“We are finding that authorities of maybe different political persuasions find it quite hard to work together to deal with quite difficult development issues. They often concern issues such as greenbelt, major housing leases in more difficult areas of the country, a whole variety of issues on which we would quite like government to add some additional push in making that duty a bit stronger”.375

409.In some parts of the country, however, the duty to co-operate is working successfully. We were told about positive progress in Sussex:

“We spoke to each other—members and officers. We had a good working relationship. We came together as a strategic planning board and we achieved something. We put forward our proposals and, yes, it worked very well. But we were taking into account a functional economic area rather than county boundaries … that is why ours was successful: because we were an actual economic area”.376

410.The Housing and Planning Minister told us that he welcomed groups of local authorities who sought to undertake joint spatial planning on their own initiative:

“As a government we got rid of regional spatial strategies, and I have no desire or intention to go anywhere near bringing them back. The difference with what is happening in London, and indeed what Manchester is looking to do, and what other areas may choose to do, is by coming together and looking on a wider basis as an area region, or whatever the structure is, it is driven by them locally … I think that is a very sensible thing for them to do, but what is important is it is them doing it, which matters”.377

411.We have received a clear indication from the Government that there is no intention to revive regional—or national—spatial planning. We are, however, persuaded by the evidence from Sussex and Greater Manchester that, where councils come together to co-operate voluntarily on spatial planning matters, such an approach can yield positive results in development planning and aid the cause of sustainable growth. We note the Minister’s comments in support of such voluntary initiatives.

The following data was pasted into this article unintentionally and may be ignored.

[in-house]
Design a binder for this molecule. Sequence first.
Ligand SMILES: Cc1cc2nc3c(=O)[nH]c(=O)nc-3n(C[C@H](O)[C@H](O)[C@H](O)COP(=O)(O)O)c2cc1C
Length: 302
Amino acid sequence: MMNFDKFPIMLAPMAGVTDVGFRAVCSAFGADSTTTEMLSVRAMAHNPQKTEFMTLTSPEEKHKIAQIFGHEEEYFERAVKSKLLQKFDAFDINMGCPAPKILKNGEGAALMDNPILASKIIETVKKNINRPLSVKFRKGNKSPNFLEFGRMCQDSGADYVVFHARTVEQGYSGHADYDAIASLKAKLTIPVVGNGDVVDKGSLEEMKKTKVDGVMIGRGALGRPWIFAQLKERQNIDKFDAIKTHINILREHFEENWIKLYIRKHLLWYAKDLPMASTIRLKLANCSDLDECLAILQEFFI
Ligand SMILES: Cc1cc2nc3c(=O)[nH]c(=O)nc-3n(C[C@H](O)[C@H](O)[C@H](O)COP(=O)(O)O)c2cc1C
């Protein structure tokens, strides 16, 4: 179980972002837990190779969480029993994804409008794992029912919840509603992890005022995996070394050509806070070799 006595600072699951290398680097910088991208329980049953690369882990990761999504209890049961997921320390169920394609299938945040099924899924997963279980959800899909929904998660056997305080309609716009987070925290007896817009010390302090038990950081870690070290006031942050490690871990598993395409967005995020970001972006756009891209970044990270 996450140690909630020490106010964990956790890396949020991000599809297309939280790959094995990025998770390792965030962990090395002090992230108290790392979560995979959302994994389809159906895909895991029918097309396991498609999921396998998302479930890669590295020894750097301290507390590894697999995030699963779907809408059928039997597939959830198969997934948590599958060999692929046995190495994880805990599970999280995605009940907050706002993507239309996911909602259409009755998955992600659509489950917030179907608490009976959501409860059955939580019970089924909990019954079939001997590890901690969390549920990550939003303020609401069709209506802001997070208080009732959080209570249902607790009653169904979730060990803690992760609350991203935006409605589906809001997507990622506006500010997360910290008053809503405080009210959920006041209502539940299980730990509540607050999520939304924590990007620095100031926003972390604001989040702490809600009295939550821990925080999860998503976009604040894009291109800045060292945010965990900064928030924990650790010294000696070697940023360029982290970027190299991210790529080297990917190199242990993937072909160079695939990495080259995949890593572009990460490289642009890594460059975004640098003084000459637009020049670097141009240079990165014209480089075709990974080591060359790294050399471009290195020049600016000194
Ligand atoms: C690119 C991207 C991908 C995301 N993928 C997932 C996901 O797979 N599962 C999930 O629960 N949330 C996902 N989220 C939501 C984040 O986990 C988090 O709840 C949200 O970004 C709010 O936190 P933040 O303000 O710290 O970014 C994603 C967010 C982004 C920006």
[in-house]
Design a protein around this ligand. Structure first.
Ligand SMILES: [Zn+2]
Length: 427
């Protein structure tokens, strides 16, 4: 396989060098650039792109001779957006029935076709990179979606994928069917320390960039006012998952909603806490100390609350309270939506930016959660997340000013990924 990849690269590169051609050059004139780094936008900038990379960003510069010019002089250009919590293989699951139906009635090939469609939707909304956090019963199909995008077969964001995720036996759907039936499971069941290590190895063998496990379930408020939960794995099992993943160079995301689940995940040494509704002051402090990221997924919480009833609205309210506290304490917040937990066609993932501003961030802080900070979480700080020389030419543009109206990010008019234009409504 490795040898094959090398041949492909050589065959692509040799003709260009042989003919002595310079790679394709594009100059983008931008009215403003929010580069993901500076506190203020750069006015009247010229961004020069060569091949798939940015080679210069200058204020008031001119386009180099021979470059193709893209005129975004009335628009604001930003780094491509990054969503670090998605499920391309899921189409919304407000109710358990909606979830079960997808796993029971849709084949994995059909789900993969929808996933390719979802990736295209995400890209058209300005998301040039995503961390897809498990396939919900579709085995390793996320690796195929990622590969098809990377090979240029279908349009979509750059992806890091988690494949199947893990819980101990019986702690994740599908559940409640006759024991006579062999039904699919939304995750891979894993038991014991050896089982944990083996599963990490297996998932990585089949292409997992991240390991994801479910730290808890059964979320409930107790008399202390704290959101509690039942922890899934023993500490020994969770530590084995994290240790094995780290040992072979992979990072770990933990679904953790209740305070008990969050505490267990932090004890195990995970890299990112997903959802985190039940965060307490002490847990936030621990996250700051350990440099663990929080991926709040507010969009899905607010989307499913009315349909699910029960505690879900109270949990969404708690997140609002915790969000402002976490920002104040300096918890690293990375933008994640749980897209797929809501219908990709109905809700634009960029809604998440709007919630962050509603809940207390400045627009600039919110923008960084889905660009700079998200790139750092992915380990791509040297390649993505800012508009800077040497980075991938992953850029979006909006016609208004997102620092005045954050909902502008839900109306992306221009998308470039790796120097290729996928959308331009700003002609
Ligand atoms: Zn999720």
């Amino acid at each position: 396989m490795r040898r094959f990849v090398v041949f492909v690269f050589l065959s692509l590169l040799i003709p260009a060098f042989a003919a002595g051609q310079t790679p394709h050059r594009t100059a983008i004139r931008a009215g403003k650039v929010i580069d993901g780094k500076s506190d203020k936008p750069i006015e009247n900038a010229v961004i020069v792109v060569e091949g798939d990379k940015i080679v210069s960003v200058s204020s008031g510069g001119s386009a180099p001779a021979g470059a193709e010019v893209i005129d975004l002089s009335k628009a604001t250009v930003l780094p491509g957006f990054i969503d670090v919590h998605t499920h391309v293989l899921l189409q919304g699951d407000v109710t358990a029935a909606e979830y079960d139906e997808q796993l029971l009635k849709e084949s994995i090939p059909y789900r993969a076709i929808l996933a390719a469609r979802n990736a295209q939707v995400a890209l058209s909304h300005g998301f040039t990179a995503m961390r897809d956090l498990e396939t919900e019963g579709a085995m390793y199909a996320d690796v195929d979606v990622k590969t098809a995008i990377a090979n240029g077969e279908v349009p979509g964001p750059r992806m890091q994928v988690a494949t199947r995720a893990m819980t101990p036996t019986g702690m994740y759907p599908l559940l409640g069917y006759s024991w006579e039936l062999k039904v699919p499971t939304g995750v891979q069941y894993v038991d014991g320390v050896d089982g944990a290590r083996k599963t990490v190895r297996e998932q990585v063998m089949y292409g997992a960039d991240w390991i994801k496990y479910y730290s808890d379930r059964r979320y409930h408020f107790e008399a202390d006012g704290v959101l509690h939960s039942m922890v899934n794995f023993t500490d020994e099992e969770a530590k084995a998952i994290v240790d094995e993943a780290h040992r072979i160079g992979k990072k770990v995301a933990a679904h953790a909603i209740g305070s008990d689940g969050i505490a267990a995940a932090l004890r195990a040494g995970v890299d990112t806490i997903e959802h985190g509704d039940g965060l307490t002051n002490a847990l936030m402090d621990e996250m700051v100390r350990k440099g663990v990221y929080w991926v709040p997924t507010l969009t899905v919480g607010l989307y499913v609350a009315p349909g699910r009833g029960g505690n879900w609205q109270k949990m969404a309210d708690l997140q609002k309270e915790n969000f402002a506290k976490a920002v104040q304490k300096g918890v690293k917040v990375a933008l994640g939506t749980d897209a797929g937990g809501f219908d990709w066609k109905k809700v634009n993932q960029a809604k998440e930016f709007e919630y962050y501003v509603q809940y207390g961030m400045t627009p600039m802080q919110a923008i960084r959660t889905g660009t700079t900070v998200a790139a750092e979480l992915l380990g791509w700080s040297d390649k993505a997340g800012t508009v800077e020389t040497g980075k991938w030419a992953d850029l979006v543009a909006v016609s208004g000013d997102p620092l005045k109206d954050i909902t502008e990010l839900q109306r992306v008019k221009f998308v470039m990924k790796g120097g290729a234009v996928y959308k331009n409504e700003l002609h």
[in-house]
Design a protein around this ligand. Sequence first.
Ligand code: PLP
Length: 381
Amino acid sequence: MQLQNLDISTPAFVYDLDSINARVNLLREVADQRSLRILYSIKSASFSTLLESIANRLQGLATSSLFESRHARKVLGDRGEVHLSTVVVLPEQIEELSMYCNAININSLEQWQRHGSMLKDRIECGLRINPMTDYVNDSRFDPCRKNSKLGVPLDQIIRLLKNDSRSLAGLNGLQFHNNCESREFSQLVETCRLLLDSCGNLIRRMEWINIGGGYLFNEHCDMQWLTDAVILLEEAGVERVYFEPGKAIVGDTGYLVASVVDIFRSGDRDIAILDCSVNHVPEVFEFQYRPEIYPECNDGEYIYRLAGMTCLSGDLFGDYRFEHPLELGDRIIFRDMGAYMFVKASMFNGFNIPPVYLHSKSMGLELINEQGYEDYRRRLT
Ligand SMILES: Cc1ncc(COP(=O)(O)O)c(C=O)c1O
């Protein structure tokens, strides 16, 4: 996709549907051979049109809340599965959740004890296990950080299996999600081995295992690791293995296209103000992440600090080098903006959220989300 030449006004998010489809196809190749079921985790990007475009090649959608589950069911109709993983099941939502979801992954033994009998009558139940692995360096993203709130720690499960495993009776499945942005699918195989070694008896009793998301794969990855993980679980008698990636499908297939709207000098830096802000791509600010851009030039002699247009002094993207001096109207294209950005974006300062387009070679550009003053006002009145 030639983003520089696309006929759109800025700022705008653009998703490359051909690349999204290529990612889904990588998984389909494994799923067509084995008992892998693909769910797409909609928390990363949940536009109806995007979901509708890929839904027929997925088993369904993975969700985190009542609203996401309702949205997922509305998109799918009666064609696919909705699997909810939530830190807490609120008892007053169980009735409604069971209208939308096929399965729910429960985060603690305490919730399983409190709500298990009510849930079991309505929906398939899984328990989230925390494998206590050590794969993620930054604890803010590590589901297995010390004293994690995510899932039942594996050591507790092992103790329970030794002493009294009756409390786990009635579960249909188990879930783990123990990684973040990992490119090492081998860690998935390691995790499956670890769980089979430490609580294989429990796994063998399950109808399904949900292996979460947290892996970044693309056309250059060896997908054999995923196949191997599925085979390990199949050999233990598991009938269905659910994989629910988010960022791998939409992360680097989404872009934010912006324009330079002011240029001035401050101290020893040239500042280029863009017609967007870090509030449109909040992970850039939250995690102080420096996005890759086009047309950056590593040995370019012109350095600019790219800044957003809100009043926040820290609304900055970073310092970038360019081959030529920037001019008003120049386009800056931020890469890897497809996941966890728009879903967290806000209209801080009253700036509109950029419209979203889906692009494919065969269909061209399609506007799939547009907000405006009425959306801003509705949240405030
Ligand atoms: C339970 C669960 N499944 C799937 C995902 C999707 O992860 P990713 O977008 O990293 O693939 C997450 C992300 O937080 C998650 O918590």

412.We believe that local authorities should explore working together on joint spatial frameworks on the model of Greater Manchester, and that the Government should give them further encouragement to do so.

413.Such approaches may not, however, be suitable in all parts of the country. In these circumstances, the Government should provide stronger incentives and guidance to ensure that local authorities co-operate effectively on cross-boundary planning matters and that the operation of the “duty to co-operate” does not create blockages and delays in the wider planning system.

Community engagement and neighbourhood planning

414.Another key tenet of the Government’s planning reforms has been the attempt to promote community and neighbourhood engagement in planning and the built environment. The most conspicuous example of this has been the introduction of neighbourhood planning, by which designated neighbourhood forums and Parish Councils can set priorities and policies for growth and development in their localities, which are then adopted as formal planning policy, subject to a confirmatory referendum.

415.The Housing and Planning Minister told us that, since the introduction of neighbourhood planning, 125 areas have put an adopted plan in place with a further 1,600 plans currently going through the consultation process. We were also told that every plan to have reached the referendum stage had been approved to date.378

416.We heard positive evidence of the impact of neighbourhood planning from Bath & North East Somerset Council, who suggested that it had changed the attitude of local communities to planning for future growth in the built environment:

“We have advised them that being in control of development in their communities is the way forward for them, which they have understood, and they have done a phenomenal amount of work locally on local village character assessments. For the first time … our villages are offering us housing sites … nearly all our villages are happy to propose a site if it is a product of the work they have done locally”.379

417.However, it was also noted that neighbourhood planning risked being undermined by speculative development applications made before plans were able to be adopted:

“If a developer comes forward midway through the process and puts an application in that is not bad enough to refuse, it usurps the local community’s hard work, and some of them are quite disillusioned with this process where there is a lot of development pressure. The fault is that there is an inability in the system to give any weight to an emerging plan that a community is producing”.380